Matt Scott: Managers are too important to hire and fire on a whim. But are they all up to it?


“Sacked in the morning, your getting sacked in the morning…” Terrace chant

It is one of football’s accepted truths that no employee in a club is more important than the manager. His influence on the most decisive input into the club’s operations – the results on the pitch – makes him so. It follows then that with so much swinging on how they do, there must be some objective measure for the quality of their performance.

Yet most hire-and-fire decisions over the dugout are based on emotional factors. Fans can turn against unpopular managers, vocally expressing their upset, and pressure builds on boards to take decisive action. Indeed, the old football axiom is that no manager is ever more than three defeats from the dole queue. But is that fair? Is it even helpful? These are questions that can only be answered by impartial analysis of performance.

Last week I demonstrated here the impact of injuries on clubs’ activity [see related article below]. There is a reasonable correlation between where a club finishes in the league and the estimated value of their playing squad. But when injuries are factored in, the correlation becomes almost perfect, as the table from last week, represented again below, shows.

If a club suffers medium- or long-term injuries of 60 days or more to first-choice players (those who have started the previous three games), these count towards the injury-frequency statistics in the table. With 38 games per season and 11 starters in each game, the number of matches these first-choice players are medium- or long-term absentees can be expressed as a percentage of the season as a whole.

The +/- column in this table shows how far a club deviated from the league-finishing position that was expected of them according to the value of their squad. It is clear that player-injury frequency is in most cases a determinant in clubs’ overall performance.

Impact of player injury on 2014-15 season Premier League table

As explained in last week’s column, those in the pale-blue band have got away with a light extended-injury frequency, the greens have suffered the expected case, those in yellow a heavy case and those in red severe.

The above table implies a financial impact too. The finishing position achieved is worth a certain sum of money to a club due to the merit payments received from the Premier League. The results are as follows:

This is not small potatoes. For Swansea City, the £10 million extra they earned from their Premier League performance was equivalent to 10.14% of their previous season’s turnover. Had they finished 16th as expected, this substantial bonus would not have come their way. Likewise for Crystal Palace, where their performance bonus was proportionally even more valuable, worth 11.01% of the previous season’s entire revenue base.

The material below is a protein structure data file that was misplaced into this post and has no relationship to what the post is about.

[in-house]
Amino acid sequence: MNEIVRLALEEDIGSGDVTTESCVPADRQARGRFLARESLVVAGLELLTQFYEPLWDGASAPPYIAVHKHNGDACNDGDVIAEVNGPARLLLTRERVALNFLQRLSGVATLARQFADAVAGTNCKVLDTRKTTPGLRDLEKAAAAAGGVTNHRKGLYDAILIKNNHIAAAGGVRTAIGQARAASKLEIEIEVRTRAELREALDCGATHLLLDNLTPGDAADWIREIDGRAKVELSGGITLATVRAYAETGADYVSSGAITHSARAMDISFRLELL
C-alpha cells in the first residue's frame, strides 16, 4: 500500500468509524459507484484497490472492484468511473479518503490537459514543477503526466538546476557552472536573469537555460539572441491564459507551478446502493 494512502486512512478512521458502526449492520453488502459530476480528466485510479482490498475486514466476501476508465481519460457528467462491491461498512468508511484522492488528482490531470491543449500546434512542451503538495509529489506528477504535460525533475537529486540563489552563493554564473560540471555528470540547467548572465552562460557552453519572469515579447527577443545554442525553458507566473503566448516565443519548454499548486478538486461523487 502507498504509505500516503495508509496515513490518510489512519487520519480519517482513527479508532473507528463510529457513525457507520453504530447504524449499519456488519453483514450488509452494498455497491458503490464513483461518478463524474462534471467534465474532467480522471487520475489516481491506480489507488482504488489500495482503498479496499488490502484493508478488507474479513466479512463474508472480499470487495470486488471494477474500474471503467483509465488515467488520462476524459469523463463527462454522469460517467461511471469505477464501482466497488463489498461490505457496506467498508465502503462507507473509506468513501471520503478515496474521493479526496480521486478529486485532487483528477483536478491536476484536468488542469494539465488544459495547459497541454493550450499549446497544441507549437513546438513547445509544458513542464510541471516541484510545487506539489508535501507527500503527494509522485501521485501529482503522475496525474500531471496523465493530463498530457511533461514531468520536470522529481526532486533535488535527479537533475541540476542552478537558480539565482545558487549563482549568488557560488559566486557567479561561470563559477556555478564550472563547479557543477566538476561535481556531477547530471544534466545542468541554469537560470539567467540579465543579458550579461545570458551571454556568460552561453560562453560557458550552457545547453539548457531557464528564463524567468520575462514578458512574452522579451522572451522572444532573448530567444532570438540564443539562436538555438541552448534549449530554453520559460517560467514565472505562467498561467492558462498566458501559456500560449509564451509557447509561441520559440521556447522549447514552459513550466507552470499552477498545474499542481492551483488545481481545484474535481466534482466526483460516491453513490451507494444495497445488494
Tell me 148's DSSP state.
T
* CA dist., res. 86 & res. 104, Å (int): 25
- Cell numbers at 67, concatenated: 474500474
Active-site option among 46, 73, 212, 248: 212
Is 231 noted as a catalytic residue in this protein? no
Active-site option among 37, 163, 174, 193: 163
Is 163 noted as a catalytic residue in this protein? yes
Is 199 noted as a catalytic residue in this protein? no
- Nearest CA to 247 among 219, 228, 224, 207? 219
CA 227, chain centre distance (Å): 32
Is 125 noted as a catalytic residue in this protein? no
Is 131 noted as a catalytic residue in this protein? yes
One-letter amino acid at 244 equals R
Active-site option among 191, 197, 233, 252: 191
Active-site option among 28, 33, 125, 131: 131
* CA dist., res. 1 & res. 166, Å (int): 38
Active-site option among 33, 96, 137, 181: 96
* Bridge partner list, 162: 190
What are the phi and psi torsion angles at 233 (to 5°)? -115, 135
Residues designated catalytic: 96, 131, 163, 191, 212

But for Palace the impact was still more important. Had they finished according to their 18th-place squad-value projection, they would have been relegated. It follows that this season’s Premier League revenues have also become available as a result of Palace’s improved on-pitch performance. The difference between finishing 20th in the Premier League in 2013-14, a season in the same three-year broadcast cycle as the current and last ones, and a first-season parachute payment in the Championship was £35.9 million. So it is reasonable to say that Palace are £45.9 million better off as a result of their strong results on the field.

Where this information is of particular value is in assessing the quality of a manager’s performance. How has he fared when confronted with injury? Has he raised his team above where they would be expected to finish according to the value of their squad? Have they underachieved against the resources at his disposal?

This requires deeper analysis. The simple reference to how many league places a club has risen or fallen versus expectation does not suffice. This is because all teams are not made equal: to consider that Burnley has the resources of Manchester United, just because they played in the same league, would be preposterous.

So what I have done is to combine the relative resources of each club with the injuries they suffered during the 2014-15 season and come up with a coefficient for each manager according to the specific circumstances they faced. Jose Mourinho was garlanded with his third Barclays Manager of the Season award last season, but does that stand up to objective scrutiny?

Well, actually, no. Given the serene lack of injuries he suffered in what was already a very well-resourced squad, Mourinho should have won the league in any case, and fairly comfortably. Indeed, the effort to which Chelsea players went to win the league last season appears to have placed strain on their performances this year, so there is an argument that Mourinho did worse than might have been demanded of him. However, that is merely an opinion and this study is about objective analysis, so I’ll leave that thought with you.

Manchester United’s performance was impacted by injury but even in the injury-adjusted measure they should still have finished second, ahead of Manchester City by a point or two. Instead they came fourth. The fact they did not do better is testament to Arsenal, who massively outperformed in the face of super-severe injury problems to first teamers.

As a whole, the relative performances of each Premier League club can be illustrated with the following scatter graph. The closer to the left of the chart, the higher up the Premier League table each club finished; the higher from the bottom of the chart, the better the injury-adjusted resources available to each club through the course of the season.